In the first part on Regional Powers in 18th century we focussed on kingdoms in northern and central India. In this second part we will know about the powers in the deccan and south of the deccan that existed in the 18th century.


  • The kingdom of Travancore rose into prominence after 1729 under King Martanda Verma, one of the leading statesmen of the 18th
  • He subdued the feudatories, conquered Quilon and Elayadam.
  • Martand Verma defeated the Dutch, thus ending their political power in Kerala.
  • He organized a strong army on the western model and undertook many irrigation works, and also the canals for communication.
  • Travancore in the second half of the 18th century became a famous center of Sanskrit scholarship.
  • Rama Varma, successor of Martanda Verma was himself a poet, scholar, and musician. He conversed fluently in English, took a keen interest in European affairs, and regularly read newspapers and journals published in London, Calcutta and Madras.


  • Once part of Vijayanagara Empire, Mysore became independent under Raja Wodeyar during rule of Venkata-II.
  • Raja also made Srirangapatnam, an island in Kaveri River his capital.
  • In the 18th century, the two ministers Nanjaraj (the Sarvadhikari) and Devraj (the Dulwai) had assumed power and made King Chikka Krishna Raj a mere puppet.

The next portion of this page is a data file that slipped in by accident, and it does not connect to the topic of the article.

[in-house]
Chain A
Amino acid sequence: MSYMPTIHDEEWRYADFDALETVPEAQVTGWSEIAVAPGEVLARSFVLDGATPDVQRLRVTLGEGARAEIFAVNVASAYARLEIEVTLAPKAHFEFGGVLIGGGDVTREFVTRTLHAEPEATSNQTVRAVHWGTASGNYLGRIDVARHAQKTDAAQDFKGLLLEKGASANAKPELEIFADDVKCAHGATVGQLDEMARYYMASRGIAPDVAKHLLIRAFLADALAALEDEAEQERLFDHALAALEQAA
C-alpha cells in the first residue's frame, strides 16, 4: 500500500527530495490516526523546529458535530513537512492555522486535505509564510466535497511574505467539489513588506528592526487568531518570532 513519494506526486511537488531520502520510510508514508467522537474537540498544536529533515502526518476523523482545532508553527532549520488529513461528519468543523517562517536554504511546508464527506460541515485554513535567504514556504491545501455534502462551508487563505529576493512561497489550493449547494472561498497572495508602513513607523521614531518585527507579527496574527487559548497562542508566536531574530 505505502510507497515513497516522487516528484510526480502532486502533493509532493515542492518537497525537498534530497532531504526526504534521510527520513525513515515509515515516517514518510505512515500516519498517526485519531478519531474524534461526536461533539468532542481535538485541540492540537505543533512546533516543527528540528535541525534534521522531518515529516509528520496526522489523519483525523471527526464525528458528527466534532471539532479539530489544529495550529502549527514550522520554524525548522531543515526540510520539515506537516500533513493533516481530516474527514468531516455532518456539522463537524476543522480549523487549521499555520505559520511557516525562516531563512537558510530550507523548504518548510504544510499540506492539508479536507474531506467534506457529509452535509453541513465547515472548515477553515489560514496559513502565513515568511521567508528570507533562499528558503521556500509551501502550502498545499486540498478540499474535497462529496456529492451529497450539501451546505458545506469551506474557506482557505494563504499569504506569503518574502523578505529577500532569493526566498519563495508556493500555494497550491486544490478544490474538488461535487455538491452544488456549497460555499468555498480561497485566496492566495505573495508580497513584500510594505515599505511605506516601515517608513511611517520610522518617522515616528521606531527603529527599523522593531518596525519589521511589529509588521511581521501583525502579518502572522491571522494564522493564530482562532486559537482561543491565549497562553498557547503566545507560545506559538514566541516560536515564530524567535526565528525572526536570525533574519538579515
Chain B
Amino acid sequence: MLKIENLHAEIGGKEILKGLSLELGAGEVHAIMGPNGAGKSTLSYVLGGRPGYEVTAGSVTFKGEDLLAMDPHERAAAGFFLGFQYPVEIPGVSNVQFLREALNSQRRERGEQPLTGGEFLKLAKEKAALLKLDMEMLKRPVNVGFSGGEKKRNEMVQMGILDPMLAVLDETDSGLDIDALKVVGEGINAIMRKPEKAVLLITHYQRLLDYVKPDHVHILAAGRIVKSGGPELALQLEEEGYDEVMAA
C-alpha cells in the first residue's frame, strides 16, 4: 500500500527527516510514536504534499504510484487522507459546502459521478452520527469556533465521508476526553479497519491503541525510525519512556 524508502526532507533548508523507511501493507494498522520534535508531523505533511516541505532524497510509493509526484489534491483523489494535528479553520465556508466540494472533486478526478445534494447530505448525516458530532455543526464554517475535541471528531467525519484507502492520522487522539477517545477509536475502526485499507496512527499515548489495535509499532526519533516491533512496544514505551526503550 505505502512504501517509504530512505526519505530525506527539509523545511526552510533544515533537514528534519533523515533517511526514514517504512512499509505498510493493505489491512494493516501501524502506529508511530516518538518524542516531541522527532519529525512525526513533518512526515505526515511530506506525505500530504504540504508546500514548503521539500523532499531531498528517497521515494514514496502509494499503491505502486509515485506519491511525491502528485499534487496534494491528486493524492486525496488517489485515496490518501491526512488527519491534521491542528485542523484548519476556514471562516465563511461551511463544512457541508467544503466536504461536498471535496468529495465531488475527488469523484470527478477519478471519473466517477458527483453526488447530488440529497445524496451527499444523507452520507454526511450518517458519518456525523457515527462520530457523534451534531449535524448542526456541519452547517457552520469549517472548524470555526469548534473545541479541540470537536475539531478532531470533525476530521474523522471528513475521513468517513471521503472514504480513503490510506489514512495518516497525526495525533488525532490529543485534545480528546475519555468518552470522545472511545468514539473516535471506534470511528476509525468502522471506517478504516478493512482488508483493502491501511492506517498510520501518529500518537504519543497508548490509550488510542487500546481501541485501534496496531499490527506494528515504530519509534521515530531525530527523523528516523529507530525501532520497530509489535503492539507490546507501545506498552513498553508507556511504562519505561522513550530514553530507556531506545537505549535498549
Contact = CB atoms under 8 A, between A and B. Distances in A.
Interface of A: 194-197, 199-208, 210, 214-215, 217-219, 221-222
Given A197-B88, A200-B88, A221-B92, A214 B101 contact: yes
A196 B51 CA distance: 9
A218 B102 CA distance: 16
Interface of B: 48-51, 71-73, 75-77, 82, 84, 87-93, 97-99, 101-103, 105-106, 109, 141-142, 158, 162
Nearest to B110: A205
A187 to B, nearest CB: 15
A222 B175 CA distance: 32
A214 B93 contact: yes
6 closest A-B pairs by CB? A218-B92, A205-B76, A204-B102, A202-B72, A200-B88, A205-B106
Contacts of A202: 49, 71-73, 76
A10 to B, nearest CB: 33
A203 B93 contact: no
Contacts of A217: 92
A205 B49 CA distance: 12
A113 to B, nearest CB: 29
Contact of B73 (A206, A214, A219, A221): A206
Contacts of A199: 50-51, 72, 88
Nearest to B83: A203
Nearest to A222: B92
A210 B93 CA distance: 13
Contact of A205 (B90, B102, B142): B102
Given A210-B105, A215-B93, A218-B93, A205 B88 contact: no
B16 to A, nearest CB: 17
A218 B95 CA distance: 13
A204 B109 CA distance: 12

HAIDER ALI (1761-82)

  • Beginning his career as a soldier in the service of the Mysore state, he became the faujdar of Dindigul where he trained his troops on western lines and established a modern arsenal (1755) at Dindigul with French help.
  • Hider overthrew Nanjaraja and assumed power in 1761, but continued to recognize Krishna Raja as the lawful ruler.
  • He conquered several territories – Bidnur, Sunda, Sera, Malabar, and Canara etc.
  • He brought under his control the rebellious Poligars Chieftains and Zamindars.
  • His administrative reforms also made Mysore on the leading Indian powers.
  • He repeatedly defeated the English during First Anglo – Mysore War and reached the walls of Madras.
  • During the Second Anglo – Mysore War, he was defeated by Eyre Coote at Porto Novo.
  • He died due to cancer during the course of the war.

TIPU SULTAN (1782-99)

  • Haider was succeeded by his son Tipu who continued the Second Anglo-Mysore war with British till 1785.
  • Tipu Sultan was one of the most remarkable personalities of 18th century and a great innovator who introduced a new system of coin age, new scales of weights and measures, and a new calendar.
  • His interest in French Revolution can be seen in his planting of a Tree of Liberty at Seringapatam and becoming a member of the Jacobian club.
  • Though deeply religious he was a tolerant in approach to other religions.
  • He gave money for construction of image of goddess Sharda in the Shringeri temple after it was looted by Marathas in 1791.
  • The famous temple of Shri Ranganatha was near his palace.


  • He was the only Indian ruler to have understood the importance of economic strength as the foundation of military strength.
  • His reforms include attempts to introduce modern industries by importing foreign experts and extending state support to many industries; sending ambassadors to France, Turkey, Iran and Pegu to develop foreign trade.
  • He attempted to set up a trading company on the European lines.
  • He sought to increase the state income by the abolition of the jagir system, and by reducing the hereditary possessions of the poligars (feudal chiefs)


  • His infantry had muskets and bayonets in European fashion manufactured in Mysore.